Reviews of medication trials show minimal effectiveness
Meta-analyses and systematic reviews of the literature reveal that many of the treatments recommended in the guidelines are minimally if at all effective, or have been inadequately researched. (6-12) This is particularly so concerning invasive therapies such as sympathetic ganglion block, (13) sympathectomy, (12) and spinal cord stimulation (9-10) that introduce the possibility of adverse effects. Yet, evidence is equally sparse for common pain therapies in CRPS type 1, such as nonsteroidal anti-inflammatory drugs, antidepressants, opiates, or anti-seizure medications.
Systematic review and meta-analysis of medication trials for CRPS only partially agree. (6-8,11) A 1999 systematic review concluded that oral corticosteroids demonstrated a consistent and long-term analgesic effect in CRPS." This review identified only limited data to suggest an analgesic effect from topical dimethylsulfoxide (DMSO), epidural clonidine and IRSB with ketanserin (not available in the US), and bretylium. The review concluded there was contradictory evidence of an analgesic effect from calcitonin or intravenous phentolamine and most likely no effect, and evidence against the effectiveness of guanethidine and reserpine IRSBs, and droperidol and atropine IRSBs. (6)
A 1995 systematic review of IRSBs concluded as well that overall there was no effect on pain, but a single RCT of each bretylium and ketanserin showed an analgesic effect. (8) In a systematic review focused on upper extremity post-stroke CRPS (also known as shoulder-hand syndrome), 1 RCT was identified, and indicated that corticosteroids had an analgesic effect. (11) High-quality evidence for the use of intramuscular calcitonin was lacking. (11)
Calcitonin may be one exception.
A systematic review of medical treatment for CRPS type 1 identified 21 randomized trials, enough to undertake a statistical analysis of the analgesic effect of 4 types of treatment: sympathetic suppressors, guanethidine, intravenous regional blocks, and calcitonin. (7) Of the 4, only calcitonin appeared to have a significant beneficial effect on pain. (7)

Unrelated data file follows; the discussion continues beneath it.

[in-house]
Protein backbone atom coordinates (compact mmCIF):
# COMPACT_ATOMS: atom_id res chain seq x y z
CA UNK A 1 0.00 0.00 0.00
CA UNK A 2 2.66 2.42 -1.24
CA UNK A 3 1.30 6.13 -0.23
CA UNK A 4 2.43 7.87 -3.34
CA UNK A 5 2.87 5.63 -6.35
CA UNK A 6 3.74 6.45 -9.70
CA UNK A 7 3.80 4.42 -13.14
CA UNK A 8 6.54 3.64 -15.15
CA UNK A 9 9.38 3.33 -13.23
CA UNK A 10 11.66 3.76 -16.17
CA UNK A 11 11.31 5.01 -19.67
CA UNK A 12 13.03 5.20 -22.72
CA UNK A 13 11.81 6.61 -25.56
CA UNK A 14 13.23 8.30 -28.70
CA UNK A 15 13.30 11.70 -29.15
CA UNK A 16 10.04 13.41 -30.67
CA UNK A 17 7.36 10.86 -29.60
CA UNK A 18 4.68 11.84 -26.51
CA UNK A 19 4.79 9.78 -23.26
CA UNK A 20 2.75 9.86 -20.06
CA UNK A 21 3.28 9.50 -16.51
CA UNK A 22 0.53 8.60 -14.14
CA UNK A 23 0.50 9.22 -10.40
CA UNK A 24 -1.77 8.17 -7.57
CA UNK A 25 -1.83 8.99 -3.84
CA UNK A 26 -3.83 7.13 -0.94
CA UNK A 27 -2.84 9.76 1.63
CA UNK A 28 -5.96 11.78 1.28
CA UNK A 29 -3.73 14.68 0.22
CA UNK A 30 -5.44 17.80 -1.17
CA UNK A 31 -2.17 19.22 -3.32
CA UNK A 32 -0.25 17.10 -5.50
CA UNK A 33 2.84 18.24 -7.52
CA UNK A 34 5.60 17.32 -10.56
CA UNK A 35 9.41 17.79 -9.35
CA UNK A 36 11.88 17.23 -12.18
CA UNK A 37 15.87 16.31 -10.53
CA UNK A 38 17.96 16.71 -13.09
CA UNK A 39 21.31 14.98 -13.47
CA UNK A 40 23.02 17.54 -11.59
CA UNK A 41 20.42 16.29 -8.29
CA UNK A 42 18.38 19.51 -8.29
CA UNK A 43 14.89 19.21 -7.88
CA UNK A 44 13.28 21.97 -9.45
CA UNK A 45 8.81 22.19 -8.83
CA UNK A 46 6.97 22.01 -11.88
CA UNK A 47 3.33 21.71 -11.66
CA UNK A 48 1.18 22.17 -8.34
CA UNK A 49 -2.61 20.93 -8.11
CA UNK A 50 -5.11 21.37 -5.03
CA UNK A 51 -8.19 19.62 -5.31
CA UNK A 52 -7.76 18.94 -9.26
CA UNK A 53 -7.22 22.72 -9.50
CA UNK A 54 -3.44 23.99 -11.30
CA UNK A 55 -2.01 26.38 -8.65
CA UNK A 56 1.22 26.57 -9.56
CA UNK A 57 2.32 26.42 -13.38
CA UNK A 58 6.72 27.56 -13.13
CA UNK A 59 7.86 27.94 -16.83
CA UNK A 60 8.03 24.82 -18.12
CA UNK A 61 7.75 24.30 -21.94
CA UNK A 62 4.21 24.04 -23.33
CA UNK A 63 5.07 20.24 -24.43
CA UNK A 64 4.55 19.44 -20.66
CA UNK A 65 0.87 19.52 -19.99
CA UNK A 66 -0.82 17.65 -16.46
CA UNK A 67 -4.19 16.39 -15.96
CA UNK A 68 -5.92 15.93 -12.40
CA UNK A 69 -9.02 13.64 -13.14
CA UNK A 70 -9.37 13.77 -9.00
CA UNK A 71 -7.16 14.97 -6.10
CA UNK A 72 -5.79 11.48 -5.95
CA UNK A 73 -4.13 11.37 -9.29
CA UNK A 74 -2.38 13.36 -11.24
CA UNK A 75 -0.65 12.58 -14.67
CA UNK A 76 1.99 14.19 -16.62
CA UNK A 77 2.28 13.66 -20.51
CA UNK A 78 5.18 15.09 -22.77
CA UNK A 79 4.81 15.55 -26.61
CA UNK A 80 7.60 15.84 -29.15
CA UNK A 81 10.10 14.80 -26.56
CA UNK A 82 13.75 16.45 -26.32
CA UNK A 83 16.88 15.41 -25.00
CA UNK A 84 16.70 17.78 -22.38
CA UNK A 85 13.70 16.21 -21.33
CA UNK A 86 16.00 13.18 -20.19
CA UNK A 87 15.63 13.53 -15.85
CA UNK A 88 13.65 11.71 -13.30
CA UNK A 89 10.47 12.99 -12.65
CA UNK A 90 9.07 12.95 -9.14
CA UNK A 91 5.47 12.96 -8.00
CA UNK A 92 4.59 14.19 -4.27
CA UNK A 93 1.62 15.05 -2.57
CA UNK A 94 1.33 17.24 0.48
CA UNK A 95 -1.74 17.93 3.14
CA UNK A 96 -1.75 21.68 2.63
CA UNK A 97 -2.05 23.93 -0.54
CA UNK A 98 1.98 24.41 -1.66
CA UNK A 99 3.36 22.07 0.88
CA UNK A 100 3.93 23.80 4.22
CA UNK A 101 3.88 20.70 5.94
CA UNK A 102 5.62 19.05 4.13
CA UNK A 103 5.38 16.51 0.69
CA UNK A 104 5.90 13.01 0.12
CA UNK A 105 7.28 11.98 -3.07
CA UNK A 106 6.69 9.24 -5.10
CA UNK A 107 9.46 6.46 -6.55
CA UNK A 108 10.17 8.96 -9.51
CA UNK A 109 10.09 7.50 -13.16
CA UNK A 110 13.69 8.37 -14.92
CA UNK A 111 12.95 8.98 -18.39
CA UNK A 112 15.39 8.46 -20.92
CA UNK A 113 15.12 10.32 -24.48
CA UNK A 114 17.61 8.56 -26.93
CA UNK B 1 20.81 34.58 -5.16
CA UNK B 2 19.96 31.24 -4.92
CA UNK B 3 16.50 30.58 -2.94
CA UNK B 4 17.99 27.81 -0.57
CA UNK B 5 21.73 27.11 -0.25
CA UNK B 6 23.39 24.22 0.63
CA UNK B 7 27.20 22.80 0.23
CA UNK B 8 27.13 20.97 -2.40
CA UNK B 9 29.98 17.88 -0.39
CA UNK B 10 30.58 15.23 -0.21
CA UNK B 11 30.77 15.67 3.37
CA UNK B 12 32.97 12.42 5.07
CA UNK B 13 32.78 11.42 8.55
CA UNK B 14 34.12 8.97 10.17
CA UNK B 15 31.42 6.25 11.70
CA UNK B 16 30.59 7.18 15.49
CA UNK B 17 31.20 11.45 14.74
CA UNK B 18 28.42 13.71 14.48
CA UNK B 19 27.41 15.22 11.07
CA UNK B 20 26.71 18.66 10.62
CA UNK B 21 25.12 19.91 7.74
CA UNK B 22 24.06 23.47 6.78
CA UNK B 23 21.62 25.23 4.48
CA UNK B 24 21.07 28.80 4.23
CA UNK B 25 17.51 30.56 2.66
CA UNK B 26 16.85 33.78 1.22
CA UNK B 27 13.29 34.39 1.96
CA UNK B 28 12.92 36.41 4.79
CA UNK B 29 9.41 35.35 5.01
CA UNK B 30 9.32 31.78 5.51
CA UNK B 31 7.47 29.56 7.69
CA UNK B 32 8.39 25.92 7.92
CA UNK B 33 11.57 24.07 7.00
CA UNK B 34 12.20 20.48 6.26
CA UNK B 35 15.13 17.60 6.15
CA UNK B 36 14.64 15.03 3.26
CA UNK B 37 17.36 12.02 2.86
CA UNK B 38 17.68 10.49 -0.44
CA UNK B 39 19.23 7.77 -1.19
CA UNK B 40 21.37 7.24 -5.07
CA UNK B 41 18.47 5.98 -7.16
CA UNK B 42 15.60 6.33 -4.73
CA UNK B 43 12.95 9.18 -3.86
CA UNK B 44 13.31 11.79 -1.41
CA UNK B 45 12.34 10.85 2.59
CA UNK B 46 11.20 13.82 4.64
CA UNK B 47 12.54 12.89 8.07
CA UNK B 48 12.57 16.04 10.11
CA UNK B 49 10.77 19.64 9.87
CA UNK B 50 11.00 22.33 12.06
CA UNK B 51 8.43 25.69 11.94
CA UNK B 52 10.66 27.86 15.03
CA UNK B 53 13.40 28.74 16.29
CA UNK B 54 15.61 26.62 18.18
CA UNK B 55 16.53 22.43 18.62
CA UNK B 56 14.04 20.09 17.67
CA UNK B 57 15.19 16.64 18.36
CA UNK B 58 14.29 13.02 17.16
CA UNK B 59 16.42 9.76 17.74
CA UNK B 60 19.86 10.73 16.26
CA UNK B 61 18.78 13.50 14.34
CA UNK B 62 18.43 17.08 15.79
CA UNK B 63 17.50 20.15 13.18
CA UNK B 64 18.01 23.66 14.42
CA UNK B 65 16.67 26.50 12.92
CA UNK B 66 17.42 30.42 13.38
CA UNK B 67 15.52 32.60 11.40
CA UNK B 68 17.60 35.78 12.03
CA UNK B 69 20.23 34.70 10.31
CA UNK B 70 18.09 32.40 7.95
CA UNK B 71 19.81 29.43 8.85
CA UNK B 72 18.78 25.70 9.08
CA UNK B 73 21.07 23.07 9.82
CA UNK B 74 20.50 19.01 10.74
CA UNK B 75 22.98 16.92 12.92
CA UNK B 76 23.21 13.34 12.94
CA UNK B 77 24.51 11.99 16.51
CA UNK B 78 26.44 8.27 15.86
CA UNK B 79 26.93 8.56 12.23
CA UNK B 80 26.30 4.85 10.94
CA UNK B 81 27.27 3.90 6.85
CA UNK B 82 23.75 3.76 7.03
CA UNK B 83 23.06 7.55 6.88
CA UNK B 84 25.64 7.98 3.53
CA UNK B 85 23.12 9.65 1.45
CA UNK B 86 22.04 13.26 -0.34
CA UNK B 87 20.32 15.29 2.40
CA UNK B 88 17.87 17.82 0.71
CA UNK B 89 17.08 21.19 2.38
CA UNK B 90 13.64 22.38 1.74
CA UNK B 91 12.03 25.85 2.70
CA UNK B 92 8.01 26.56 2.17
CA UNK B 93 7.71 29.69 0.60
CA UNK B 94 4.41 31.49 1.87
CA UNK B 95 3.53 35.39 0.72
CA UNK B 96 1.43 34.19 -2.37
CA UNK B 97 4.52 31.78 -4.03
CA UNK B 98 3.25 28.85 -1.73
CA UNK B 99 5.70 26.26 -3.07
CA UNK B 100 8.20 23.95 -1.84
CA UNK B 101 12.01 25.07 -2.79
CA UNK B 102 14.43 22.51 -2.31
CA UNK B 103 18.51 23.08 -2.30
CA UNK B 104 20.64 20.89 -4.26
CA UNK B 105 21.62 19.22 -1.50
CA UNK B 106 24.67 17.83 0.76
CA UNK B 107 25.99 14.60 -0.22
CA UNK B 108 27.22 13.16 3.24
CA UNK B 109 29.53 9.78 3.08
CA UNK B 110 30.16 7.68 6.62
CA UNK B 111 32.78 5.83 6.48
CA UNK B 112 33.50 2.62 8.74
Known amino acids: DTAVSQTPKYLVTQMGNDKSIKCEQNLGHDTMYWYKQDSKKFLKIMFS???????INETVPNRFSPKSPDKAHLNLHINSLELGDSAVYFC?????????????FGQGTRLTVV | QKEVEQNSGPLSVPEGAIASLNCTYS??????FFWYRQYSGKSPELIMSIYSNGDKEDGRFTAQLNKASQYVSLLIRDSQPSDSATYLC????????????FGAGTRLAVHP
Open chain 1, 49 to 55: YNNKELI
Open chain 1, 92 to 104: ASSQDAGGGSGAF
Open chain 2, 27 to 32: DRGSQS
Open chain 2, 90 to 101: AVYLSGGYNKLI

IV bisphosphonates show promise.
More recently, intravenous bisphosphonates have demonstrated clinical and analgesic benefits in 2 small but high-quality RCTs. (14,15) Strikingly, short-term therapy of 3 to 10 days of IV alendronate (Fosamax) or clodronate (Bonefos) without adverse effects resulted in significant overall improvements for the duration of the 2 trials, 4 weeks (14) and 180 days. (15)
Nonmedical treatments that have been studied include spinal cord stimulation, physical therapy, occupational therapy, and acupuncture. Spinal cord stimulation demonstrated a modest long-term (2-year) reduction in pain and improvement in health related quality of life in 1 RCT, (16) but with no improvement in patient functioning and a 34% rate of adverse occurrences. (9) Similarly, physical therapy and occupational therapy have been studied only in I large RCT (n=135).
Treatment with physical therapy did decrease pain compared with occupational therapy and control therapy, (17) but revealed no improvement in active range of motion with physical or occupational therapy compared with control therapy. (17) Furthermore, physical therapy led only to uncertain diminishment of impairment when data were analyzed in 2 different ways, 1 of which showed a benefit of physical and occupational therapy over control treatment, (18) 1 of which did not. (19)
Acupuncture demonstrated no improvement over sham treatment. (20)
* Applying the evidence: Medical treatment
Choose any of the therapies least likely to do harm and supported by evidence of efficacy: topical 50% DMSO cream (SOR: B), intravenous bisphosphonates (SOR: A), or limited courses of oral corticosteroids (SOR: B). Despite some contradictory findings in the literature, (6,17,18) other studies demonstrate that physical therapy (18,19) and calcitonin (7) reduce pain, and neither is likely to cause harm (SOR: B).
Epidural clonidine injection, (6) IRSB with bretylium, (6-8) and spinal cord stimulation (9,16) have demonstrated some efficacy, but due to the invasiveness of the treatments and the modest benefits, patients should be counseled carefully before initiating these therapies (SOR: B) (TABLE 1).
Therapies to avoid. Therapies to avoid due to lack of evidence, lack of efficacy, or likelihood of adverse outcomes include IV regional blocks with everything but bretylium, (6-8) sympathetic ganglion blocks with local anesthetics (very short duration of analgesia), (13) systemic intravenous sympathetic inhibition, (6) acupuncture, (20) and sympathectomy (SOR: B). (12)
The authors would like to express their appreciation to Cheryl Mongillo, Peggy Lardear, and Brian Pellini for their assistance in preparing the manuscript, Dolores Moran and Diane Wolfe for their assistance in finding articles, and to Roger Rodrigue, MD for reviewing the manuscript. Funding for this project was provided by a grant from the Delaware Department of Health and Social Services, Division of Public Health.
CONFLICTS OF INTEREST
The authors have no conflicts of interest to report.
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Anna Quisel, MD Private practice, Wilmington, Del
James M. Gill, MD, MPH Department of Family and Community Medicine, Christiana Care Health System Wilmington, DE; Department of Family Medicine and Department of Health Policy, Jefferson Medical College, Philadelphia, Pa
Peter Witherell, MD Private practice in anesthesiology, Wilmington, Del
Anna Quisel, MD, c/o Cheryl
Mongillo, Family Medicine
Center, 1401 Foulk Road,
Wilmington, DE 19803.